As for the tech bros, they are there, but you have to search them out. The last year I went, 2015, I remember seeing a seemingly too-polished-to-be-for-real art car, and sure enough, a friend told me that it was part of a “plug & play” camp, where rich douchebags shell out thousands of dollars to have their Burning Man experience curated and created for them. Those people suck, but most Burners are not them.

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There’s also no money. With the exception of a café in the center of the city, no commerce or even barter is allowed. No logos, no brands, no wristbands, no celebrity advertisements, no vending machines, no capitalism. That is a significant, I think defining, difference between Burning Man and festivals. No one is making a buck. (When Larry and the other org leaders finally voted to start taking salaries a few years ago, many of the purists were furious.)

Of course, let’s be real. Thanks to rising BLM fees, it now costs $400 to go, even though discounted tickets are available too. Businesses have gotten sneaky—I heard that Red Bull paid around $50,000 for an entire stealth theme camp to go and give away Red Bull and Red Bull cocktails. And when Skrillex and Diplo play, word gets around fast.

But much of the authenticity has remained, thanks largely to the tenacity of Larry and the rest of the org. They never sold out (and they could have, for tens of millions of dollars) and they never quit. On the contrary, a few years ago—I think it was around 2008 or 2009—Larry and the other leaders of the org took a number of steps to try to preserve what was best about Burning Man even in this larger, safer form.

In particular, they promoted the “ten principles” Harvey had written down in 2004—inclusion, self-reliance, decommodification, immediacy, self-expression, etc.—as a way to codify what Burning Man stands for. In Max Weber’s terms, they transitioned from the charismatic leadership of Larry & Friends to the bureaucratic leadership of rules and principles. In a weird way, Larry has been planning for his departure for years, although dying of a stroke at age 70 was far sooner than he deserved.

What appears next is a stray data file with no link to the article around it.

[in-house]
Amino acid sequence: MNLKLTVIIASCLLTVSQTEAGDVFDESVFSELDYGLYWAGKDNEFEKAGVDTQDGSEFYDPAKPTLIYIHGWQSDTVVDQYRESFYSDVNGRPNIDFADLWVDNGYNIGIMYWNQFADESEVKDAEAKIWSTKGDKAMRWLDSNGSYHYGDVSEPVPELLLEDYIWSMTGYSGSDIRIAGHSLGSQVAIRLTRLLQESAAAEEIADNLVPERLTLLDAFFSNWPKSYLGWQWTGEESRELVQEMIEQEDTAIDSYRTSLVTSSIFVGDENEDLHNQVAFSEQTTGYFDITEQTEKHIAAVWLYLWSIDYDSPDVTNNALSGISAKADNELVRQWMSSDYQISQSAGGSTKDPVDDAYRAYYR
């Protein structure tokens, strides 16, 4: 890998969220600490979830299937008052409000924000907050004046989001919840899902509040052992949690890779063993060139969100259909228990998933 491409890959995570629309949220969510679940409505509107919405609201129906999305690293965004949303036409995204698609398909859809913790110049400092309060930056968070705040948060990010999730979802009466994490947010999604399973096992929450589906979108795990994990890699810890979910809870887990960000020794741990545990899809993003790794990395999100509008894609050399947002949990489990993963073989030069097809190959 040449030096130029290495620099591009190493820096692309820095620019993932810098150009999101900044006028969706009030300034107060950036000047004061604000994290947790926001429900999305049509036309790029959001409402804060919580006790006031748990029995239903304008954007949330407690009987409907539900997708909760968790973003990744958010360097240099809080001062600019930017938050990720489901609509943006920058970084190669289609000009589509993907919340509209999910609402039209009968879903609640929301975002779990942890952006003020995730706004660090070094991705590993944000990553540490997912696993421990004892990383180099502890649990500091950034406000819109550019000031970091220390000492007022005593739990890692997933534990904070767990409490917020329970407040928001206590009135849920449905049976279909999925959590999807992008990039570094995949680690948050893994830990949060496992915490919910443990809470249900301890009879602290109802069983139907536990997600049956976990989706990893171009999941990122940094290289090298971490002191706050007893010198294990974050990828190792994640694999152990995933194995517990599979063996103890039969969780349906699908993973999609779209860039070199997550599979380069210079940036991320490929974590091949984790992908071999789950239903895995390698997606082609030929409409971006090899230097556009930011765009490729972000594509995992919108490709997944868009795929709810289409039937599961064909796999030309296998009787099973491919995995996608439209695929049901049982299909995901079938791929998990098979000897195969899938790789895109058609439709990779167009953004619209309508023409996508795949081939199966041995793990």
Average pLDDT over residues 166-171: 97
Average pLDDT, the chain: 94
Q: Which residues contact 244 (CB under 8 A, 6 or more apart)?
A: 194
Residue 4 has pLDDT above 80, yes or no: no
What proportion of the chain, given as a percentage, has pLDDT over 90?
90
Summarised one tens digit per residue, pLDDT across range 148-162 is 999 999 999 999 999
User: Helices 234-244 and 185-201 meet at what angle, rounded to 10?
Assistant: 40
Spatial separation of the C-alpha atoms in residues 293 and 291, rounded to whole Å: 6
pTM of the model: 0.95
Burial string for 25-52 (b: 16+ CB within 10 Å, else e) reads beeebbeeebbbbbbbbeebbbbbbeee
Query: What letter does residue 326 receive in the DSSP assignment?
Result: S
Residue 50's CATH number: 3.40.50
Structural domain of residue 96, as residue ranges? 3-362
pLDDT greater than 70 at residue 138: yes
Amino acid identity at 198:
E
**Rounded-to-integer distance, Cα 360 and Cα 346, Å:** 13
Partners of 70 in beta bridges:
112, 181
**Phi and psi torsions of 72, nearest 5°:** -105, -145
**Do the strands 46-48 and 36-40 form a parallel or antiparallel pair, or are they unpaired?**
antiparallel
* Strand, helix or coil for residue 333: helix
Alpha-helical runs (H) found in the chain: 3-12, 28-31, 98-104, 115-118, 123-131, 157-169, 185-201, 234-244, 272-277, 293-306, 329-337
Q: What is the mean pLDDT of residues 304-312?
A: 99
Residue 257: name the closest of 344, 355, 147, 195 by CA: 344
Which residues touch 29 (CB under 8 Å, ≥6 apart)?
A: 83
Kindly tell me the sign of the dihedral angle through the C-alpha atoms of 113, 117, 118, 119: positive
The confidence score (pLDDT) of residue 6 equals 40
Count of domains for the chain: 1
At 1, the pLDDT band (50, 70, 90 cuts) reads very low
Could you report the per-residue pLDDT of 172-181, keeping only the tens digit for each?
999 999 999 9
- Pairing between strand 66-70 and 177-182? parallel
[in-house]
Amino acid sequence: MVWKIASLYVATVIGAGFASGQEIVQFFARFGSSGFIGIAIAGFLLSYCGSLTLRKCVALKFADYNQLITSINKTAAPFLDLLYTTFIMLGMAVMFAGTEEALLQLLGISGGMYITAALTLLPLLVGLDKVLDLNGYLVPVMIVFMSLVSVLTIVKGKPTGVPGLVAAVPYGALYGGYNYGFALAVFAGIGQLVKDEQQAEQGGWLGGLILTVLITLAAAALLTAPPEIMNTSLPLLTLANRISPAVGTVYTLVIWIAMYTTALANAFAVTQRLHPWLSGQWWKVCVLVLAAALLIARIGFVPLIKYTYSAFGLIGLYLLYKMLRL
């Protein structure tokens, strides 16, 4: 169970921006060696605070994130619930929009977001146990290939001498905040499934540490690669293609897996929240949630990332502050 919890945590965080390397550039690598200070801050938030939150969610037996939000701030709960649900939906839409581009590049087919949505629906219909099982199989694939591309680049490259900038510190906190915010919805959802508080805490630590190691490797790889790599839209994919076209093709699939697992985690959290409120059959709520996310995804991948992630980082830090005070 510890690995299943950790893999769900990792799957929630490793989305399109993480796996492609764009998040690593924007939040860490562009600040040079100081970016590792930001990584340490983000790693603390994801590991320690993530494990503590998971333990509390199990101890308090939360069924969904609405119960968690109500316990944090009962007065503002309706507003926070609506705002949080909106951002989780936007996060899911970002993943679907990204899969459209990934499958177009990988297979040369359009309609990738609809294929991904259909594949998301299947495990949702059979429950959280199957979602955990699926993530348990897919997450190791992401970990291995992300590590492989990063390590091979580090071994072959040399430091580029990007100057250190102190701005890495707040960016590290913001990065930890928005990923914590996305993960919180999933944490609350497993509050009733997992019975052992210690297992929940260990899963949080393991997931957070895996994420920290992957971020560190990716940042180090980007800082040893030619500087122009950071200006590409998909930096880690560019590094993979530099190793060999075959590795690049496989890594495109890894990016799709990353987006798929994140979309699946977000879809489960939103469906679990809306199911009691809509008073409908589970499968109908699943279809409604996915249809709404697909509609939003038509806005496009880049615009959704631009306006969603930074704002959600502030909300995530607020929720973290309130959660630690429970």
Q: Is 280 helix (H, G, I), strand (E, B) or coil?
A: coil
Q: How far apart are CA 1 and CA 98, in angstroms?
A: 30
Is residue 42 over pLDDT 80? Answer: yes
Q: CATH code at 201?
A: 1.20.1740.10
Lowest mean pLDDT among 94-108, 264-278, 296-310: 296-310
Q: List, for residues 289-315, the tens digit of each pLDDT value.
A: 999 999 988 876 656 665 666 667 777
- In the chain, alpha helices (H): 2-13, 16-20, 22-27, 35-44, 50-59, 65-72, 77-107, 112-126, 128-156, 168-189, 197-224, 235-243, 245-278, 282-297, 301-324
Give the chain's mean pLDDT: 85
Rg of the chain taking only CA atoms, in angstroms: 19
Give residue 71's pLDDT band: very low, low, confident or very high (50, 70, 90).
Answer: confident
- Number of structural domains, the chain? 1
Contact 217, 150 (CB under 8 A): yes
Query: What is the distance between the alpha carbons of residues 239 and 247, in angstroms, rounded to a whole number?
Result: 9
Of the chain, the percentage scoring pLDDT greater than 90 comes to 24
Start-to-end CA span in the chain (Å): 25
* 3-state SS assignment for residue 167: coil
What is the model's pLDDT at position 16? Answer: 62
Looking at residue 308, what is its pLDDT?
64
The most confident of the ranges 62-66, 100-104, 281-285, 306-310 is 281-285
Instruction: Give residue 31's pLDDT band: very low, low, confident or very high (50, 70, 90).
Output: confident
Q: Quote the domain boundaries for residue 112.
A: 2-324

And by this point, Burning Man is everywhere. Some of its art is now at the Smithsonian. There are regional burns across the world and Burning Man alums creating art and art spaces in every major city in America. And while Burning Man didn’t invent the kind of decentralized, participatory communities like Occupy, it was a formative experience for many who went on to lead them.

Burning Man is far, far, far from perfect. It’s still mostly hedonistic (with some awesome exceptions) and corny at times. It’s very white (The Root and The Guardian have both done great interviews with black Burners talking about why). There is always some percentage of douchebags (usually around 20-30 percent) who suck and do stupid things. And, sure, there’s plenty of sex and drugs and music, and some people can’t handle that in a mature way.

None of that’s why I stopped going, by the way. I just got older. I have a baby daughter. I have two careers. And after 15 trips to the playa, the magic had largely worn off. I saw myself becoming a jaded old queen, and I didn’t like that. I have new edges now, new places to learn and grow.

But I can’t overstate how much I owe to Larry Harvey. Thanks to him, I learned what it is to be inspired by astonishingly creative people, weird people, sexy people, challenging people; to let go of the New York cynicism for a little while; to experience some of the most intense, vivid, and alive times of my life. I learned how to live.

Rest in wonder and amazement, Larry. We’ll keep the fire lit for you.